Appleton's Cyclopedia of American Biography, edited by James
Grant Wilson, John Fiske and Stanley L. Klos. Six volumes, New York: D. Appleton
and Company, 1887-1889 and 1999. Virtualology.com warns that these 19th Century
biographies contain errors and bias. We rely on volunteers to edit the historic
biographies on a continual basis. If you would like to edit this biographyplease
submit a rewritten biography in text form.
If acceptable, the new biography will be published above the 19th Century
Appleton's Cyclopedia Biography citing the volunteer editor
Virtual American Biographies
Over 30,000 personalities
with thousands of 19th Century illustrations, signatures, and exceptional life
welcomes editing and additions to the
biographies. To become this site's editor or a contributor
or e-mail Virtualology here.
GEDNEY, Jonathan Haight, inventor, born in Rye, Westchester County, New York, 25 February, 1798; died in Mamaroneck, New York, 7 August, 1886. He removed to New York, and in 1825 owned the Dry Dock sawmill, which took fire in 1829, making so bright a light that the reflection is said to have been seen as far as New Haven, Connecticut By this disaster Mr. Gedney and his partner were ruined. The former subsequently turned his attention to mechanics, and invented the wooden cogs used in the cotton-gin, and a plough for digging potatoes with one or two horses. He afterward 'returned to Rye, and held several local offices there. In his seventy-fifth year Mr. Gedney walked from Rye Neck to Dean Street, Brooklyn, New York, in nine hours. When eighty-four years old he mowed for an entire day.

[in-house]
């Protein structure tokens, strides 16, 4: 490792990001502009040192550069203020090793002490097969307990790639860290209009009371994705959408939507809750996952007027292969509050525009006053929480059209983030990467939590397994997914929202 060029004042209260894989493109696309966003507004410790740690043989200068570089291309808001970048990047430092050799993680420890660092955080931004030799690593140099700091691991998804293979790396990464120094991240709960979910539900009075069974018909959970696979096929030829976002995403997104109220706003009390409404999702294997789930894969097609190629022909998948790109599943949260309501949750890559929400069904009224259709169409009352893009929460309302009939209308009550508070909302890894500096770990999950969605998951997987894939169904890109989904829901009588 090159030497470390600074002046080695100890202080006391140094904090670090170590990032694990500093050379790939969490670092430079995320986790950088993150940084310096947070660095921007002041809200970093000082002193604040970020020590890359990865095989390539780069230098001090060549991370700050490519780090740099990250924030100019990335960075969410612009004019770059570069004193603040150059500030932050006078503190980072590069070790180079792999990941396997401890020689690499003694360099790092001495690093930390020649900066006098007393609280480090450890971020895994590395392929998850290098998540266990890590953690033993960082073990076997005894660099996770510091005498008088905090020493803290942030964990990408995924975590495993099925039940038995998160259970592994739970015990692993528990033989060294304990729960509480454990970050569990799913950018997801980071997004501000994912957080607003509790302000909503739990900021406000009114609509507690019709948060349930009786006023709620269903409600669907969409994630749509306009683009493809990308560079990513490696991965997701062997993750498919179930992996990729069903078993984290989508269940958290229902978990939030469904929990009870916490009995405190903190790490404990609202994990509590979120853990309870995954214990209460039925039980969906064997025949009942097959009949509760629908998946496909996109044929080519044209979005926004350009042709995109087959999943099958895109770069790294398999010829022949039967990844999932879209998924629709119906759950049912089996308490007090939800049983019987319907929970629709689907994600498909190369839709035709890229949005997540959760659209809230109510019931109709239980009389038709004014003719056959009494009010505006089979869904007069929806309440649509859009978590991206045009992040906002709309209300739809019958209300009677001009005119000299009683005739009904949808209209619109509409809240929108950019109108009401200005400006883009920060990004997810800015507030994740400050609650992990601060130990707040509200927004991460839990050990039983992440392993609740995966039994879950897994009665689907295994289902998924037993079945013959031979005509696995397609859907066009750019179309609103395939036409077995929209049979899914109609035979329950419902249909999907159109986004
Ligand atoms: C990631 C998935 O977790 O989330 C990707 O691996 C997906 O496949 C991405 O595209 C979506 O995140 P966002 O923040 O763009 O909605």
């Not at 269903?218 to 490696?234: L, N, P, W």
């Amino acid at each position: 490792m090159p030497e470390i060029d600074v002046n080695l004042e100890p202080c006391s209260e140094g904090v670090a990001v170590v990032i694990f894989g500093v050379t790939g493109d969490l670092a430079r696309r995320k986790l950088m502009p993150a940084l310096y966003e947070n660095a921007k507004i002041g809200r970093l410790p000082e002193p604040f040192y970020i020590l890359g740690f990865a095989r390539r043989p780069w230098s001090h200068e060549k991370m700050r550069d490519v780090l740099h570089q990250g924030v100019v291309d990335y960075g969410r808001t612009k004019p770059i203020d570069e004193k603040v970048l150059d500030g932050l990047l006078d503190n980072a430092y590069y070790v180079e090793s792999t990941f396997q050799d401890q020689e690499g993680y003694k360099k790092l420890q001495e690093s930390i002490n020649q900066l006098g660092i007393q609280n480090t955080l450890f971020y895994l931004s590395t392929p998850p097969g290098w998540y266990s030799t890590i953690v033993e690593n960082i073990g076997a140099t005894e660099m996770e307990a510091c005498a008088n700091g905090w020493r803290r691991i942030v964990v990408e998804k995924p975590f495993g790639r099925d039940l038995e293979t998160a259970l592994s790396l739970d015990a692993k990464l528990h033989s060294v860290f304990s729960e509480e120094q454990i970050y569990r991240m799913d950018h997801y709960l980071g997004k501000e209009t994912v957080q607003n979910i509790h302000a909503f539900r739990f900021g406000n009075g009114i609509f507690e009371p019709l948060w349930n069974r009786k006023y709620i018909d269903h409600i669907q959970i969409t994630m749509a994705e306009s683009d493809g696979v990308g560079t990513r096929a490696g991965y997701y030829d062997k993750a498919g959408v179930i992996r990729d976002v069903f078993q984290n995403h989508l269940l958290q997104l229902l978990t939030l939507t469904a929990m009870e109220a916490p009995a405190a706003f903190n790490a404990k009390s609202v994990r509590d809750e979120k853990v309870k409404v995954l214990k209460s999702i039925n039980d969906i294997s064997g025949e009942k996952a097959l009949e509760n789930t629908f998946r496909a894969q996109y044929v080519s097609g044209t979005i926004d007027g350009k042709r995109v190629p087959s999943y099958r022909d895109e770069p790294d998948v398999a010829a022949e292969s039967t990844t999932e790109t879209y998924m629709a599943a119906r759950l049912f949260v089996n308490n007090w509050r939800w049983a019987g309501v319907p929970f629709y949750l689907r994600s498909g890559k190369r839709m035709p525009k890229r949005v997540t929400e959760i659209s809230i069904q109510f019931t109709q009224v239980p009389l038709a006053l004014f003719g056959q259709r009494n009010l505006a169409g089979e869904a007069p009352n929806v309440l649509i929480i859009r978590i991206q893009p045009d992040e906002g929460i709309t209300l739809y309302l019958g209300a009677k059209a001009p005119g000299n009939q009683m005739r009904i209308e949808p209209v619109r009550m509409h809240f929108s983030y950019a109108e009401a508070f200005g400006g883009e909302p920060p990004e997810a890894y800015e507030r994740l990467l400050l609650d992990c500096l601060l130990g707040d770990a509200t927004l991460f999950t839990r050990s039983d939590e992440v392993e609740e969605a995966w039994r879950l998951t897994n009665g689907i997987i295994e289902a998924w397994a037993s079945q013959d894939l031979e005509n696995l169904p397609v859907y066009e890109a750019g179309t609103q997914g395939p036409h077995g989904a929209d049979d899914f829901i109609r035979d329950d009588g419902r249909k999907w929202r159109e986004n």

This site and its contents are not affiliated, connected,
associated with or authorized by the individual, family,
friends, or trademarked entities utilizing any part or
the subject's entire name. Any official or affiliated
sites that are related to this subject will be hyper
linked below upon submission
and Evisum, Inc. review.
Please join us in our mission to incorporate America's Four United Republics discovery-based curriculum into the classroom of every primary and secondary school in the United States of America by July 2, 2026, the nation’s 250th birthday. , the United States of America: We The
People. Click Here